Gerben: “It’s sometimes hard for us to know whether lecturers feel free to express their opinions. This is understandable though, you don’t just say something about something that you later wish you hadn’t said. Still, I think that there is something going on and this is what we wanted to say in the book.”
One of the issues touched on in your interview with the AD newspaper was again Herre Faber’s blog and the impression that he was not able to say what he wanted at THUAS. The Executive Board and H|Nieuws had no problem whatsoever with continuing his blog.
Gerben: “The AD had already reported on this and had taken a standpoint. We were dragged into it by the journalist.”
Gert Jan: “The case with Herre is a good example of the dynamics that student activist groups can generate. In our book we expressly state that The Hague University of Applied Sciences does not limit the freedom of expression. An institute doesn’t always have to be the problem.”
Gerben: “The problem for Herre is that too much negativity came his way.”
Gert Jan: “That is a strategy that we observe. If you dump a lot of negativity on someone, that person will withdraw. This could also be the case for small minority groups whose activism gets something put on the agenda.”
But how can you, as lecturers at a university of applied sciences with increasingly diverse groups, now work in the classroom vis-à-vis the freedom of expression and political correctness?
Gerben: “You see that some students mix up the subject that you teach with your personal views. I try to make it clear that the two are different things, but I do see that it can be difficult. By the way, in my experience, our students are quite mild.
“I tell my classes that you can attribute your morals to rational thinking as well as to books like the Bible or the Quran. If you want to attribute morals to a book, there is nothing wrong with that, but it is not what I think. I teach how you can use rational argumentation to arrive at moral considerations. You have to be honest in this, I will not teach ethics from the standpoint of the Quran. You make choices. You can’t be too relativistic about this.”
Gert Jan: “Several students react from their own identity and find it difficult to place themselves in the shoes of the other. The more diverse the university of applied sciences becomes, the more you will see this. This could lead to a clash. You need to have a debate based on substance and not on personal arguments. You must be able to underpin what you say, while various perspectives may arise in the debate. It could happen that one student offends the perspective of the other. In my class, you may take an extreme position as long as you can underpin it.”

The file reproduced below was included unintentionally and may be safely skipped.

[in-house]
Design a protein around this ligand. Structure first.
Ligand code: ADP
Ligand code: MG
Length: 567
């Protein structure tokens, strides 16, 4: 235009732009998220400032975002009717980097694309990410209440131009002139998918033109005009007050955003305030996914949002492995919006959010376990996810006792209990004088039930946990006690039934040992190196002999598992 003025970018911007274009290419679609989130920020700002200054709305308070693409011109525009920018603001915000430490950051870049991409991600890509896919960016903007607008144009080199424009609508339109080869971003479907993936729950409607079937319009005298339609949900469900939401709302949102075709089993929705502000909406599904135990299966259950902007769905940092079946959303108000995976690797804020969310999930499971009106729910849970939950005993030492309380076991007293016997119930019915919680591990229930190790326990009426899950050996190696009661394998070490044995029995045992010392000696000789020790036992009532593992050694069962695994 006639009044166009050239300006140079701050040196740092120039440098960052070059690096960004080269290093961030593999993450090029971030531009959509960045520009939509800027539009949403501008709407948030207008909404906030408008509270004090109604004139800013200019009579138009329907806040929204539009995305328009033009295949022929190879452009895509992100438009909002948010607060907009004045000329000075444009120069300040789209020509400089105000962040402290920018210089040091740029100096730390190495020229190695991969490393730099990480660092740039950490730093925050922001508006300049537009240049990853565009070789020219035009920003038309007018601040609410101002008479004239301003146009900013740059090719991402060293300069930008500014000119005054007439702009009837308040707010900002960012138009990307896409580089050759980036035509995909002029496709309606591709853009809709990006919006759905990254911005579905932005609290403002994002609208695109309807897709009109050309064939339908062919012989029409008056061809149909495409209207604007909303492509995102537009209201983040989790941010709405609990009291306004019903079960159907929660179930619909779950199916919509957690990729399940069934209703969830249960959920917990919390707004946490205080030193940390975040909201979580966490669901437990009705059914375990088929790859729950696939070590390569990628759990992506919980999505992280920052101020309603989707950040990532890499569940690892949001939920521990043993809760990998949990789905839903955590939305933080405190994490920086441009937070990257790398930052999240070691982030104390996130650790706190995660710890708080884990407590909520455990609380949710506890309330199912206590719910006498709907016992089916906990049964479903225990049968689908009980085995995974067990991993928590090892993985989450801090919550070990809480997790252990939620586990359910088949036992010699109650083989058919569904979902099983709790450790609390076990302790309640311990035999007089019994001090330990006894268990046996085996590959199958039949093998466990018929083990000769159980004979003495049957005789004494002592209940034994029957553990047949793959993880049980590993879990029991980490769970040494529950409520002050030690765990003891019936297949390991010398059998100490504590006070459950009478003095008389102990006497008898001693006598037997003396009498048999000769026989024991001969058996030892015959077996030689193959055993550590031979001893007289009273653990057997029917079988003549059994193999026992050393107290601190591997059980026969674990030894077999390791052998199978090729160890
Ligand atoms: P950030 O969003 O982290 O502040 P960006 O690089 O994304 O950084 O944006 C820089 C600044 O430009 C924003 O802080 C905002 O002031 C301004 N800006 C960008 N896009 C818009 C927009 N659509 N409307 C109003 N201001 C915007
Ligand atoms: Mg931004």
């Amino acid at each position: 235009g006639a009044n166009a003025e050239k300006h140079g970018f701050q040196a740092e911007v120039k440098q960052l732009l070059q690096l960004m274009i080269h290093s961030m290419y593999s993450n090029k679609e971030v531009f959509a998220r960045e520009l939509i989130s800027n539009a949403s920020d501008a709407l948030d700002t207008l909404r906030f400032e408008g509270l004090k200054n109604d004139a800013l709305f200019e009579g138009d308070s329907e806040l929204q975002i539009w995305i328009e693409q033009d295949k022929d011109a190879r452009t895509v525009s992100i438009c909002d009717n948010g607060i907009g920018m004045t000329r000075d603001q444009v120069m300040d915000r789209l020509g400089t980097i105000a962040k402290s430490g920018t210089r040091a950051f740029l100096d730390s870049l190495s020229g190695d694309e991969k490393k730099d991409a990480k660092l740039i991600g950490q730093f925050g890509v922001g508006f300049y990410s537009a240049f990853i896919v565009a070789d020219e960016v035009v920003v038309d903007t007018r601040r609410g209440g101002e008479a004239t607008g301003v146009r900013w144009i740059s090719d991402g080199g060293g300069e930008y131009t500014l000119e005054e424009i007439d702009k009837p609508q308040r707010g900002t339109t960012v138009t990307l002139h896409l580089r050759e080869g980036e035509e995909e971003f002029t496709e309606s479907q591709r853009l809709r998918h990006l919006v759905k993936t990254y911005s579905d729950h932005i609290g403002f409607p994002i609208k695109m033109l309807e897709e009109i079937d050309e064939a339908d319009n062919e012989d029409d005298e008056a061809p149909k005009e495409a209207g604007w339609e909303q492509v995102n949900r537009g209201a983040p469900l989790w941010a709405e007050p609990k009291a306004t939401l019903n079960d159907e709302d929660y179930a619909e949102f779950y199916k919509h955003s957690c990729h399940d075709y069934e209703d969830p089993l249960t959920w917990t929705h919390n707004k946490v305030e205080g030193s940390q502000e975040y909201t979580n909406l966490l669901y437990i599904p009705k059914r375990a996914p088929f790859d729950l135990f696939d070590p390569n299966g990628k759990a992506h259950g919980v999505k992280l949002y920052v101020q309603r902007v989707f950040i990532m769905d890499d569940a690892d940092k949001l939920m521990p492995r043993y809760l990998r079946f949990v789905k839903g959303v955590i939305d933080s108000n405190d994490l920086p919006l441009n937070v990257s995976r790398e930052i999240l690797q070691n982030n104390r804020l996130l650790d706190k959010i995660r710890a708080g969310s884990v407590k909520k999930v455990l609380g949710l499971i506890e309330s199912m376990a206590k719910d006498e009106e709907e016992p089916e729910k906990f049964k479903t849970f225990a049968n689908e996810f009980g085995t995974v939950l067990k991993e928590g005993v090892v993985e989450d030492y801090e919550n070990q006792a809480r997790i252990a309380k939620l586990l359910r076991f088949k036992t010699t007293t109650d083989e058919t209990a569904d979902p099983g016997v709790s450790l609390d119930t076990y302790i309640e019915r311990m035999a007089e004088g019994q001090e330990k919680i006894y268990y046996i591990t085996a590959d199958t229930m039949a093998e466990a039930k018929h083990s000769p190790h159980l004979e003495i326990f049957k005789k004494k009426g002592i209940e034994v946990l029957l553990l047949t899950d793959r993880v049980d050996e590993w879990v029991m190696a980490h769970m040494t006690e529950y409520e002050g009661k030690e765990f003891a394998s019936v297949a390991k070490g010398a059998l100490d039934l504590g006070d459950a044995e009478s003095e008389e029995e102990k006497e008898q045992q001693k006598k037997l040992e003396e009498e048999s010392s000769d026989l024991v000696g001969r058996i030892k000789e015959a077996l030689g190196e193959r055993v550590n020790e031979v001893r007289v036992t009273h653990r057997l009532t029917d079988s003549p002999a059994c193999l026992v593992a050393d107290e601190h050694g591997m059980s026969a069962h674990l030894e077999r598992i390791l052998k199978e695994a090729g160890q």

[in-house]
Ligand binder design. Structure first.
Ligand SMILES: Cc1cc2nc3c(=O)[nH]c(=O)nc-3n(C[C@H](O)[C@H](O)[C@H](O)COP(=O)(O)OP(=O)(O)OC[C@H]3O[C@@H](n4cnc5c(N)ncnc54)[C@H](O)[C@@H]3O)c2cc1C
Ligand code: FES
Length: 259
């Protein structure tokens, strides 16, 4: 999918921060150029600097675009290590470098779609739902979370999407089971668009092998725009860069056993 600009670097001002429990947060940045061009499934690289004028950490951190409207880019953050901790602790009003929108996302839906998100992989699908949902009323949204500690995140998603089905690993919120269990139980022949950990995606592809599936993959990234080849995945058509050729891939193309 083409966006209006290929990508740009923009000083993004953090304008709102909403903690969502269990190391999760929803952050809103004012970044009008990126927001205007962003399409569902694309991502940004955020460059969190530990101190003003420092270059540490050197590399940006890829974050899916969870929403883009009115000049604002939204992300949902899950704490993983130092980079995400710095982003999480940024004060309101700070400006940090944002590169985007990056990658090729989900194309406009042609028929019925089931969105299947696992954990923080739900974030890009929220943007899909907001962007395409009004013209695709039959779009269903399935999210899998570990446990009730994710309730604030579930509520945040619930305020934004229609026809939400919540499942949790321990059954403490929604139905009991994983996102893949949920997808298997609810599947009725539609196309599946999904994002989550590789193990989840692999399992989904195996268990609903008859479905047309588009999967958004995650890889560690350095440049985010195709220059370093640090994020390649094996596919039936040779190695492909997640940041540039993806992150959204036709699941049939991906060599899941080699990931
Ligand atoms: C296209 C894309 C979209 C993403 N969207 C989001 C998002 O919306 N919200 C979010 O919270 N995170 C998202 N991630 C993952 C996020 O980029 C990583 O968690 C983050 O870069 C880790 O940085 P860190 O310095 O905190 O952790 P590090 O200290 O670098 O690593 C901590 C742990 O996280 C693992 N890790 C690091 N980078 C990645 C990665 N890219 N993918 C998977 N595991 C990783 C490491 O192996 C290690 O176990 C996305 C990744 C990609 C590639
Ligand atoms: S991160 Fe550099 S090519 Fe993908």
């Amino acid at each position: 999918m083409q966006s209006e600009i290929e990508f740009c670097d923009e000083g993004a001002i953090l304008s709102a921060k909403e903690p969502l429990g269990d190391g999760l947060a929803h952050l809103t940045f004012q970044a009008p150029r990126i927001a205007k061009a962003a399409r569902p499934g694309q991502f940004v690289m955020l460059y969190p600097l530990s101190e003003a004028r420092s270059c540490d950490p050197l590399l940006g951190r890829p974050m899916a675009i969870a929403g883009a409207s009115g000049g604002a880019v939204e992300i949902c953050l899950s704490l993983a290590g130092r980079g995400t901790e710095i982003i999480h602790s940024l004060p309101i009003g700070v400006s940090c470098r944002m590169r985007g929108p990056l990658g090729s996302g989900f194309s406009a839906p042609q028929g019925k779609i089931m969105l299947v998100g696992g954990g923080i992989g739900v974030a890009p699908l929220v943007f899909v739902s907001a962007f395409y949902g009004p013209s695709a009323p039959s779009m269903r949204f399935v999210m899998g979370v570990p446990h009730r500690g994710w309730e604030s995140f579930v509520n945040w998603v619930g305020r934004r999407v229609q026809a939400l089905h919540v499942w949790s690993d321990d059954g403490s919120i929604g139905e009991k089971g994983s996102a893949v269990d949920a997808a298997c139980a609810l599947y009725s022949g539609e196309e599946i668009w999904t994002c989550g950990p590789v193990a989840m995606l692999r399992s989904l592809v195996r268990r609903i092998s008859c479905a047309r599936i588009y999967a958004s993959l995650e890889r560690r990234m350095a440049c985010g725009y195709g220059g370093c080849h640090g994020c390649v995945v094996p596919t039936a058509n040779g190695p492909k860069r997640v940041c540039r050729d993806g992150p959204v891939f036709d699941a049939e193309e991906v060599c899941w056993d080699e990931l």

How can the university of applied sciences avoid political correctness constricting one’s thoughts?
Gerben: “It is important to pay attention to the debating culture at THUAS. This means holding debates about controversial subjects too. We need to teach students to take the other side of the argument and learn to build up an argument logically.”
Gert Jan: “That could be part of the Academic Career Coaching. And you need to train lecturers properly in how to handle sensitive subjects in the classroom.”
Gerben: “It is important that there is a good platform to start discussions for students that want to think about society inside and outside school. And that there is free journalism in educational institutions. You see that it is scaling.”
Gerben and Gert Jan’s book Over politieke correctheid (about political correctness) is published by Boom Filosofie. Together with The Lighthouse, Gert Jan and Gerben will shortly hold a debate about political correctness. Keep an eye on the agenda for the date and place.
Gerben Bakker and Gert Jan Geling